The concept of race shaping others’ opinions of me isn’t new.
My skin colour is ever-present: it permeates all facets of my existence, it bleeds into my opinion of myself and often looms over each of my decisions. But my race does not define me.
And skin colour is the first thing people notice about racialized folk, but there’s more to us than the shade of our bodies.
I am not black first; I am black always. Regardless of any accolades, failures, successes and hardships I face in my life, I will continue to be black, and I will carry the weight of that for the rest of my life.
The stereotypes associated with blackness are changing. Hip hop is the number one genre in the world according to the popular audio streaming service Spotify, which offers its services in 62 countries globally. For eight years, the U.S. presidential family was black, the Kardashians have built an empire on appropriating black culture and now being black – or at least adjacent to it – is desirable.
This revelation brings along a variety of truths and insecurities for people of colour, whether they’re ready for them or not.
Alongside dealing with the systemic inequalities of constantly being an “other,” people of colour now have to deal with this idea that darker skin is a hot commodity. While this issue manifests itself in a variety of different ways like tokenization, misrepresentation and cultural appropriation, it’s scariest iteration comes about with the fetishization of people of colour.
When you’re deemed desirable by a single feature, one which exists entirely out of your control, the world of romance gets a lot harder to navigate.
Tinder becomes a nightmare; it’s nothing more than an endless assembly line of people who don’t look like you, looking for someone who does. The amount of pick-up lines surrounding chocolate that we’ve all heard and hated, is both appalling and unsurprising. First-dates inevitably turn in to a challenge: trying to find out whether or not the other person is just looking to get their “black or brown belt.”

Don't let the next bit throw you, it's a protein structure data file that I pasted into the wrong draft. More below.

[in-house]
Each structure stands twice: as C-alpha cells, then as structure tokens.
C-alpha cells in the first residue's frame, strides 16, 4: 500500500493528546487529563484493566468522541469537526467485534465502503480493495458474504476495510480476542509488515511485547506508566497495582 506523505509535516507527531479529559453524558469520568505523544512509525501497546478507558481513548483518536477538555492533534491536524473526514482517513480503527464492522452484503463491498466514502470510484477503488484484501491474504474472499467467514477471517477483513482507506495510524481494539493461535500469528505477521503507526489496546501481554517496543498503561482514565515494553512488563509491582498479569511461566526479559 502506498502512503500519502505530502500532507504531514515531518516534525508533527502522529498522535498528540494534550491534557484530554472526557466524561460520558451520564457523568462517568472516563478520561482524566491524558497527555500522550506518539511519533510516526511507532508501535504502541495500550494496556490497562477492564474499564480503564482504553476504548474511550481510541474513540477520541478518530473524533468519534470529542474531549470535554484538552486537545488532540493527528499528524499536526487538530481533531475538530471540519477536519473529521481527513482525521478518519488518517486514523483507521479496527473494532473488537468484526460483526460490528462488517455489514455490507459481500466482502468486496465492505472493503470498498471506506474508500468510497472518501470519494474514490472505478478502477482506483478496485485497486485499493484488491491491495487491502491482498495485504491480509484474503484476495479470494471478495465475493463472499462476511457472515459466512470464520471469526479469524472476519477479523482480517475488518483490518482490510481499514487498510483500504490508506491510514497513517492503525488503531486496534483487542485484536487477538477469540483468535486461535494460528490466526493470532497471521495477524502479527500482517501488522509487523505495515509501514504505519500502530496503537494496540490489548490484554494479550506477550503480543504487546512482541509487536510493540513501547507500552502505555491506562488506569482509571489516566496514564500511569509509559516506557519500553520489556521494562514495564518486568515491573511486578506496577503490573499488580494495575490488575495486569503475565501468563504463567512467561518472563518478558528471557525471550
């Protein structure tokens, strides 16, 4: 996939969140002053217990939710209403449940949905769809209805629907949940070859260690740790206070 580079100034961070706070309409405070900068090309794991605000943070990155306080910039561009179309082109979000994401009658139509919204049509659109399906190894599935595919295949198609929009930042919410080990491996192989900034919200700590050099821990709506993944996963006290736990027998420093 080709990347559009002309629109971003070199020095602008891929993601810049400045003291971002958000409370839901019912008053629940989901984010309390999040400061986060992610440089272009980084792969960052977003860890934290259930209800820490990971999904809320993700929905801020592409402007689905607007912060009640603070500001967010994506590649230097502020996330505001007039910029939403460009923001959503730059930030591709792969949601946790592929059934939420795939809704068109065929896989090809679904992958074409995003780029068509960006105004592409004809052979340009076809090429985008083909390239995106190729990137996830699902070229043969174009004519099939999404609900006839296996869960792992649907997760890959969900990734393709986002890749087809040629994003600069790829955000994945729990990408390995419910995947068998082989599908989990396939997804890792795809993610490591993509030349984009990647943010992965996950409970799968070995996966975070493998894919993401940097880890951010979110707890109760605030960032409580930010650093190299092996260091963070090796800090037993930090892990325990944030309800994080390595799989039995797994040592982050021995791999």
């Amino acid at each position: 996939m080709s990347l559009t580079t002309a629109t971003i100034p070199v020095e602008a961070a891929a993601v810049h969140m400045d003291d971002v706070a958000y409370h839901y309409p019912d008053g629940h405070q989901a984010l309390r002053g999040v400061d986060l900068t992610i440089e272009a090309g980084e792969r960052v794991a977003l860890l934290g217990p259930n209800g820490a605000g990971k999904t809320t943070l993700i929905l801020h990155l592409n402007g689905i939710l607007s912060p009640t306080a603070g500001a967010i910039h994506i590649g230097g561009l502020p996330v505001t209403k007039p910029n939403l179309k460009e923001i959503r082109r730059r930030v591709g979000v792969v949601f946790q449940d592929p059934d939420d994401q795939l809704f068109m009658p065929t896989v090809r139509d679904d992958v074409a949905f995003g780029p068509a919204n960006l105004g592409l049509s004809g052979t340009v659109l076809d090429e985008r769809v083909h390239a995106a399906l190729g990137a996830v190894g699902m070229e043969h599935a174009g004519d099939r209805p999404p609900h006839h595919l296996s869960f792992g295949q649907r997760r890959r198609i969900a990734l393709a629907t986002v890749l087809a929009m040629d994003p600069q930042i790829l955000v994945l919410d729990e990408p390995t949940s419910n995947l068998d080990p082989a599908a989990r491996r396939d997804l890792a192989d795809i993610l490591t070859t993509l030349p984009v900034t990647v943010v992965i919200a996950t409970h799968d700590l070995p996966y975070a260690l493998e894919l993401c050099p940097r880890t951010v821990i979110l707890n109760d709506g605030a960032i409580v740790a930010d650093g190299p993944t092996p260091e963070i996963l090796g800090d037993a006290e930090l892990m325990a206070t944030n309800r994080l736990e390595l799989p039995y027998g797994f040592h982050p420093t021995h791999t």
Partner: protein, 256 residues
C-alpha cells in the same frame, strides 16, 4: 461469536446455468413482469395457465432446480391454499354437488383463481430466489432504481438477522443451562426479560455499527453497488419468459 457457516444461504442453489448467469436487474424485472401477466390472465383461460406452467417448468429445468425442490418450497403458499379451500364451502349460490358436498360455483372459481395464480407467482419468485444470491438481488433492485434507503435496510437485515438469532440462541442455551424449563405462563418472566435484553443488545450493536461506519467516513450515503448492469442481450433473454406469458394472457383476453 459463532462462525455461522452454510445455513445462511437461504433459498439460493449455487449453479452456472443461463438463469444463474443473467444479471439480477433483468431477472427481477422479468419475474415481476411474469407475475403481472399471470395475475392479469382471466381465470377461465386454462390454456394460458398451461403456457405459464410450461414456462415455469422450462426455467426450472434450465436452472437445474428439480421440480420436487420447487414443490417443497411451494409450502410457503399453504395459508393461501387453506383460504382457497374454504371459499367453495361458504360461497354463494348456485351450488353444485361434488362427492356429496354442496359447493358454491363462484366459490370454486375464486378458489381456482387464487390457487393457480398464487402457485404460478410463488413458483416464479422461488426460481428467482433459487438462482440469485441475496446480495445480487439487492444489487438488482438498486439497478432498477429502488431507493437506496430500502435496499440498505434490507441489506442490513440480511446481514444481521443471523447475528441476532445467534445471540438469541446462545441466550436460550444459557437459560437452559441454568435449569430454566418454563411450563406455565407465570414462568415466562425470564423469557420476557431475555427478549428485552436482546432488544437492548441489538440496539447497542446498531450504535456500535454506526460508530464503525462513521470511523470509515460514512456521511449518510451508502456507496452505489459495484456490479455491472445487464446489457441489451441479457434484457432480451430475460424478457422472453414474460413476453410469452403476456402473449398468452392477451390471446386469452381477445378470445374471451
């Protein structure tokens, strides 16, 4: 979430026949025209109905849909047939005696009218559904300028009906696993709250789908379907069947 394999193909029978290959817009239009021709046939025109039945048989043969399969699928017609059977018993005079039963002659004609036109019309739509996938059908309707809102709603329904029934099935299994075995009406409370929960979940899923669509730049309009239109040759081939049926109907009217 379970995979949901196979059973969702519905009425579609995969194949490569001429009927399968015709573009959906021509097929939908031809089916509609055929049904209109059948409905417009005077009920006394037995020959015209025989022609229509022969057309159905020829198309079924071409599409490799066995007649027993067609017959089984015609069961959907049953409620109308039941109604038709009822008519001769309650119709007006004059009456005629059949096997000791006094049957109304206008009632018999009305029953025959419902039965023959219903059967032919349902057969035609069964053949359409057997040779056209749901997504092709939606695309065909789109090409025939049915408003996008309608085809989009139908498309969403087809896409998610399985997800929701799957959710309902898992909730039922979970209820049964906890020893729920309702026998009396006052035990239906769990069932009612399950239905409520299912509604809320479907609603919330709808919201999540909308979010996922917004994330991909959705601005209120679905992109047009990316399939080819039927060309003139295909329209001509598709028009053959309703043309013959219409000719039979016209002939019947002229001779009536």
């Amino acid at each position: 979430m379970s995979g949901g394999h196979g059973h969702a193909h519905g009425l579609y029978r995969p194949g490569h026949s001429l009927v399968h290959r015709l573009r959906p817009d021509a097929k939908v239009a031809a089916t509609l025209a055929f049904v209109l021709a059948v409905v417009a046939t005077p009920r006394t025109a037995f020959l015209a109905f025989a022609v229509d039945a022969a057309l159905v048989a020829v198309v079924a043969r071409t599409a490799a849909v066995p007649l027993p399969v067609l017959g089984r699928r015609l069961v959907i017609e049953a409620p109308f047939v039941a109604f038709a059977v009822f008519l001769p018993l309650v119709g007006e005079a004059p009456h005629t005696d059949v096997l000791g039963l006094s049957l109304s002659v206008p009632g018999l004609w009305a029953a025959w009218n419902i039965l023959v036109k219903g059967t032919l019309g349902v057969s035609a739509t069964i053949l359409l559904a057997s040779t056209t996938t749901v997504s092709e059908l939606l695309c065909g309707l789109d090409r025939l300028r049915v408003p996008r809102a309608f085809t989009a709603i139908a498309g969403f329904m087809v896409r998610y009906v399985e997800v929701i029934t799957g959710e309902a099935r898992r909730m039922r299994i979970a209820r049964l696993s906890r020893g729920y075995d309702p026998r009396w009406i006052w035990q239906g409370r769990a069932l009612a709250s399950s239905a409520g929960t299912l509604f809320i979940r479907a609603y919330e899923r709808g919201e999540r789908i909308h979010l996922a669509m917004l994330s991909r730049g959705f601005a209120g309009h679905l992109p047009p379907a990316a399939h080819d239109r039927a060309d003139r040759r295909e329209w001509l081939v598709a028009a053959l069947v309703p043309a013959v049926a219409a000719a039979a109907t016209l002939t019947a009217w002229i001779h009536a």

Even if you decide to only date other people of colour, (which isn’t fair, but in the life of racialized people, few things are considered fair) the world of dating gets harder still, when there’s less fish in the sea. Halifax is neither as big nor as diverse as it makes itself out to be; most of us can’t find romance within these same, small, communities of colour that we can find.
In the unlikely event we find a non-racialized person who loves us for who we are and can handle the everyday struggles people of colour experience, we still have to watch them face the judgement and pain they undeservedly receive for dating a person of colour.
Fetishizing people of colour brings with it a double consciousness in modern culture: white and non-racialized people continue to hunt for “black queens” or “BBC’s” (Big Black C*cks) and any other term used to objectify and demean POC’s, but also vilify and slander those with a racialized significant other.
Idealizing people of colour doesn’t negate or erase the centuries of negative stigma, it only serves as another way to define people of colour by their stereotypes and take away their personhood.
In other words, black being suddenly “cool” doesn’t make “night rider” a term of endearment.
The realities of love, sex and romance are confusing and challenging for anybody, but it’d be a lot easier if we let people of colour be people.